“We were particularly concerned that if the new Palestinian state had its own army, that at some point or other, extremists would gain control over it and start attacking Israel. On the other hand, we knew, Palestinians would not feel safe being protected by the IDF who they’d often had negative experiences with in the past. We realized that if this was really going to work, we had to have the two people’s working together to defend and protect the two nations.
In 2016 the name The Israeli Defense Forces was changed to The Joint Defense Forces and started drafting Palestinians. We ran extensive character and security checks on every Palestinian drafted, making sure nobody had extremist tendencies or connections to terrorists. Today we run some basic tests on all Palestinians and Israelis who are drafted. Some people don’t get through for a variety of reasons and can choose to do civilian community service instead. But serving in the JDF is definitely felt to be an honor by Israelis and Palestinians alike.
Initially it was hard for Palestinian and Israeli soldiers to train side by side. There was a lack of trust and often language barriers. We added some elements of bonding, connection and language skills to every soldier’s basic training. Ultimately a group of soldiers will bond through their joint experiences and start to feel pride in their unit and mutual responsibility for each other.
I believe that all of our soldiers feel a sense of pride and a shared responsibility to protect our homes and families from terror and violence.”
I thank Ben David and head to the beautiful city of Jaffa to meet with two very special women. Zeynep Cannane and Rafaela Levi are human rights educators and great friends. I’m meeting them in Cannane’s home.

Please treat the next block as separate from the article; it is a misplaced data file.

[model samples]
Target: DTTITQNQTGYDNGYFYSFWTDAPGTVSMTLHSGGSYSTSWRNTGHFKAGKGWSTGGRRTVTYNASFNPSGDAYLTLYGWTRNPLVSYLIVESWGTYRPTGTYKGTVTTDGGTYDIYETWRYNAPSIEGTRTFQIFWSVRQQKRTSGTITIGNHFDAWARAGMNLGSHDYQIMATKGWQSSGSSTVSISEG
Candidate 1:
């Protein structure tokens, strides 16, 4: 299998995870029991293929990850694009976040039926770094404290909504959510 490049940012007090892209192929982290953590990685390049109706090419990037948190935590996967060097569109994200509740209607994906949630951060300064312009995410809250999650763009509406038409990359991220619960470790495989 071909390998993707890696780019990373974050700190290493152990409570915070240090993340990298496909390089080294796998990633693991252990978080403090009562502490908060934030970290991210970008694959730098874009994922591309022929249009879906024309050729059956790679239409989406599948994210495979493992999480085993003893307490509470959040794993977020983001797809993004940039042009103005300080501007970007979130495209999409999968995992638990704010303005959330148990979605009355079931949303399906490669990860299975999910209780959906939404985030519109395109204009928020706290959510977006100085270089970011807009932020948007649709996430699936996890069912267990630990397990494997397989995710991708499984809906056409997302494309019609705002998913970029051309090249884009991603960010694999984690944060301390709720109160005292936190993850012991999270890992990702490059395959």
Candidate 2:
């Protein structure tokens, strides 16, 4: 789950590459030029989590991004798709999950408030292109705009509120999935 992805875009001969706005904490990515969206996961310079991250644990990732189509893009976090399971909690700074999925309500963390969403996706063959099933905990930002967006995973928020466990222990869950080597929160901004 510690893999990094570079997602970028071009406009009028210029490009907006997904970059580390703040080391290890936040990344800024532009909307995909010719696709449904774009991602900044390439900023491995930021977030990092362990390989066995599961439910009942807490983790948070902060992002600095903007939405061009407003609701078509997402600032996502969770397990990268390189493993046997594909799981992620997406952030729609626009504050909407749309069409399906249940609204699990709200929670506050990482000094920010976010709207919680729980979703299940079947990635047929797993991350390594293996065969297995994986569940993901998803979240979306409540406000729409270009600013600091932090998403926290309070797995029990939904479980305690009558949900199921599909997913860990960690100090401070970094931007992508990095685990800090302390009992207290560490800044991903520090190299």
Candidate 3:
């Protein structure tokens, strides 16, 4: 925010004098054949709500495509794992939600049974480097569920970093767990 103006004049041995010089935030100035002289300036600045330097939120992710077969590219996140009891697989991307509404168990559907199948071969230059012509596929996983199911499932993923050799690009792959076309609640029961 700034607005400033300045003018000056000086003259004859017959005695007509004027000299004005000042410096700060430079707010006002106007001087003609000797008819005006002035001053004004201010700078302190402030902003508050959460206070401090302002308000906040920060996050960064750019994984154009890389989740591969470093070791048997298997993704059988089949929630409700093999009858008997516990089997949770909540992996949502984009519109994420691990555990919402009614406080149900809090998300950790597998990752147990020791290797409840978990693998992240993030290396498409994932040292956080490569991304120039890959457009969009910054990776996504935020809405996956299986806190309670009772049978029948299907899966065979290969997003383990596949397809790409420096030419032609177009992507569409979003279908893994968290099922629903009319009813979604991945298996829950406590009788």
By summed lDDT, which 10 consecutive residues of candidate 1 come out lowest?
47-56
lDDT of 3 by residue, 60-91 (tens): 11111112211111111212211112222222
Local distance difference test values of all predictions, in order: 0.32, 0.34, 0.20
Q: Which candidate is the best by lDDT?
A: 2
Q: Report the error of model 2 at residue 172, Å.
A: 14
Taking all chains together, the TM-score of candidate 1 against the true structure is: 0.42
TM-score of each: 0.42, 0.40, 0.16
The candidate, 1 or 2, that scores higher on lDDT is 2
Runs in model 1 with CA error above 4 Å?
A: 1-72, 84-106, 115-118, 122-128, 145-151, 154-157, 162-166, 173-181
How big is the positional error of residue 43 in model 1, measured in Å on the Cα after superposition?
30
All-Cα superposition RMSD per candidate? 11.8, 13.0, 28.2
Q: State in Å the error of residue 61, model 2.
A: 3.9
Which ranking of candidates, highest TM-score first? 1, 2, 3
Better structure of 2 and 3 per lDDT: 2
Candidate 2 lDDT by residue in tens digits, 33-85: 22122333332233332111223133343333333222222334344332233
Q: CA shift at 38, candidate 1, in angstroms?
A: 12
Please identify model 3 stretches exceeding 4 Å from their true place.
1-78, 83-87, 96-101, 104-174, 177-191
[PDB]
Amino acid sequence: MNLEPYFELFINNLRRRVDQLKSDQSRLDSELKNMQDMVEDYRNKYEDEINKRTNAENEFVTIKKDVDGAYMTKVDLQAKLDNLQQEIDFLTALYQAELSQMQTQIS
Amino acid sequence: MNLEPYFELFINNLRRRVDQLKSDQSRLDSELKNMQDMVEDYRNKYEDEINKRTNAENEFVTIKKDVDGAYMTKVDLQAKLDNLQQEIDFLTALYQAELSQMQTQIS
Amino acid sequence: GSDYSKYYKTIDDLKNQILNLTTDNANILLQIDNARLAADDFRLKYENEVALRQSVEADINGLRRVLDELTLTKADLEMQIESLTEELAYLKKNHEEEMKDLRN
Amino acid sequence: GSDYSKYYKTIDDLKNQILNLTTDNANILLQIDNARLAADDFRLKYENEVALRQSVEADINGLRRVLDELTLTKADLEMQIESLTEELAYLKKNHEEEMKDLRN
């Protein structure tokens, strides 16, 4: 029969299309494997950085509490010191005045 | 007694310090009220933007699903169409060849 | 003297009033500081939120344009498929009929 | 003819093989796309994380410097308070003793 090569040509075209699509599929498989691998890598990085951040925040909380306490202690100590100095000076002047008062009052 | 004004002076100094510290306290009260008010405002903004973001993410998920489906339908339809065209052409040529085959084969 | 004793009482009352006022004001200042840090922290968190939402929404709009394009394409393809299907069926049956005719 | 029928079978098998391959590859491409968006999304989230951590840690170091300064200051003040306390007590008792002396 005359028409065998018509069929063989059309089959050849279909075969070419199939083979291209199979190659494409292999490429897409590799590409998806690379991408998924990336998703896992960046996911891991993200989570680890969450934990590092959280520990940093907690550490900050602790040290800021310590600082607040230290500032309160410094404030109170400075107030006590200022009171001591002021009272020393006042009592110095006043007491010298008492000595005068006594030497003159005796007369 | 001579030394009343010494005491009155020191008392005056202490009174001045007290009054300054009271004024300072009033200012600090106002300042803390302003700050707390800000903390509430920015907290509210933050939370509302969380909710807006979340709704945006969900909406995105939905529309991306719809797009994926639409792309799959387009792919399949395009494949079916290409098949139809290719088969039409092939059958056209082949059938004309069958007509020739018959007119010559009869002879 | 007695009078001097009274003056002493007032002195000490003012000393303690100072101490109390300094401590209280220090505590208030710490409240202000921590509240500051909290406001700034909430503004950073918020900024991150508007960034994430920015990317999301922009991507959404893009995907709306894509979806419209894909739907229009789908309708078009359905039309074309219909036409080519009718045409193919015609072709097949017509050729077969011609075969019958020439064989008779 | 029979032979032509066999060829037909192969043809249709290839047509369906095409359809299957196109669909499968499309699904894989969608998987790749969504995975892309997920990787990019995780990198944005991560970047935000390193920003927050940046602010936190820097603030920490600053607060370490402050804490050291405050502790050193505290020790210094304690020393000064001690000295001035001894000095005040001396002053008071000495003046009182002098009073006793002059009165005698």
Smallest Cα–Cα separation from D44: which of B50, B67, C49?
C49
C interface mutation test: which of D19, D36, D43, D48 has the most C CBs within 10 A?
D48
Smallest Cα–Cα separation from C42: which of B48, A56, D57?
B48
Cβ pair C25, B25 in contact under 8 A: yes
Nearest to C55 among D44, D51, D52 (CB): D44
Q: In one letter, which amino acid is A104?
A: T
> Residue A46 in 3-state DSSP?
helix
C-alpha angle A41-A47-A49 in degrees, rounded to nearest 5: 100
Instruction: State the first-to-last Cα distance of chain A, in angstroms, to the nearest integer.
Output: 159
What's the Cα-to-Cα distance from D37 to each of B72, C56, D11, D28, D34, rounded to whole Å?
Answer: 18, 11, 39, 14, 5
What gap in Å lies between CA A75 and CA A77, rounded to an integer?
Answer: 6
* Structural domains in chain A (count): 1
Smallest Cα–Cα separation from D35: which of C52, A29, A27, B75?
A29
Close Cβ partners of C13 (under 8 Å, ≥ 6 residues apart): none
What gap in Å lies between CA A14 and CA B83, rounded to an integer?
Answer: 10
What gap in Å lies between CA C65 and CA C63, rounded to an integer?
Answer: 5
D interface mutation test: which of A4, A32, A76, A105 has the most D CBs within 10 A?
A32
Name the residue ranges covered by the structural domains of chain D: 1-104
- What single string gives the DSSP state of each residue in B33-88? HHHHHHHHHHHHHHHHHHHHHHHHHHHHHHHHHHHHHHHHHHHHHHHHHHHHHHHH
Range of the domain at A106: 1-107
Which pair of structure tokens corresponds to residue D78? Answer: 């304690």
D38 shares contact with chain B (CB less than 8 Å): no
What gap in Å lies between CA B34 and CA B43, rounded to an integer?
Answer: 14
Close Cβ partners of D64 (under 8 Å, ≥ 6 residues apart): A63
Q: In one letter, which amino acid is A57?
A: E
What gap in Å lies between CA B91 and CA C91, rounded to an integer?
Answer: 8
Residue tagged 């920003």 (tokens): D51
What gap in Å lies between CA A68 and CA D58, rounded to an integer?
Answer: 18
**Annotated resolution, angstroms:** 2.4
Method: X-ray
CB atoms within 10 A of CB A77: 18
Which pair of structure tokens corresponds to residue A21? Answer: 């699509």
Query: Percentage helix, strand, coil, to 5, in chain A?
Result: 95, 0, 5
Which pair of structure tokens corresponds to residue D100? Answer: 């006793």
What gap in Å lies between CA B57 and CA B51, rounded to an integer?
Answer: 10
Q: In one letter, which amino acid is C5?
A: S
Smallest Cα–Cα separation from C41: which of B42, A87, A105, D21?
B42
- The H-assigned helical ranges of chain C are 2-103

She greets me with a smile.
“I’m excited to meet you. I always like talking about my love story with Jaffa. My grandparents lived in Jaffa and became refugees in Lebanon in 1948. After that my family moved to various different countries ending up in Turkey.
I first came to Jaffa to visit in 2012, to see where my grandparents had lived and it was love at first sight. In 2016 when I found out that refugees could return and be Israeli residents, I just knew that I had to come. I feel at home here in a way I have never felt anywhere else. I was a little concerned that I would face racism and maybe not have the same rights as Israeli citizens. The fact is that we do get all the basic rights, accept for the right to vote or be elected. We also automatically receive Palestinian citizenship.
As for racism, it is sometimes a problem, but at the same time there are so many wonderful people here of all religions who are working to change that.”
Cannane smiles at Levi.
I ask Levi about her story.
“I’m Israeli but I lived outside of Israel for many years. I was a very active peace builder on the internet before the peace agreement, trying to get Israelis and Palestinians to get to know each other as human beings and develop friendships. Now, Zeynep and I are both part of an Israeli government program to teach human rights and racism awareness and prevention at schools. We sometimes work together, using our friendship as an example to the children.”
I thank Cannane and Levi and head back to my home in Jerusalem.
It’s been a long and exciting day. As I watch darkness fall on the hills surrounding Jerusalem, I think about Ahmed, Bracha, Abood, Aviv, Rafaela and Zeynep, each playing their roles to insure that peace continues to reign. I think that what they all have in common is shared by Palestinians and Israelis throughout the region. A great sense of pride in their accomplishments combined with a characteristic determination to look forward and create an even better future for our children.
To learn more about the YaLa Peace Institute in Honor of Nelson Mandela, click here.
To view more final projects, click here.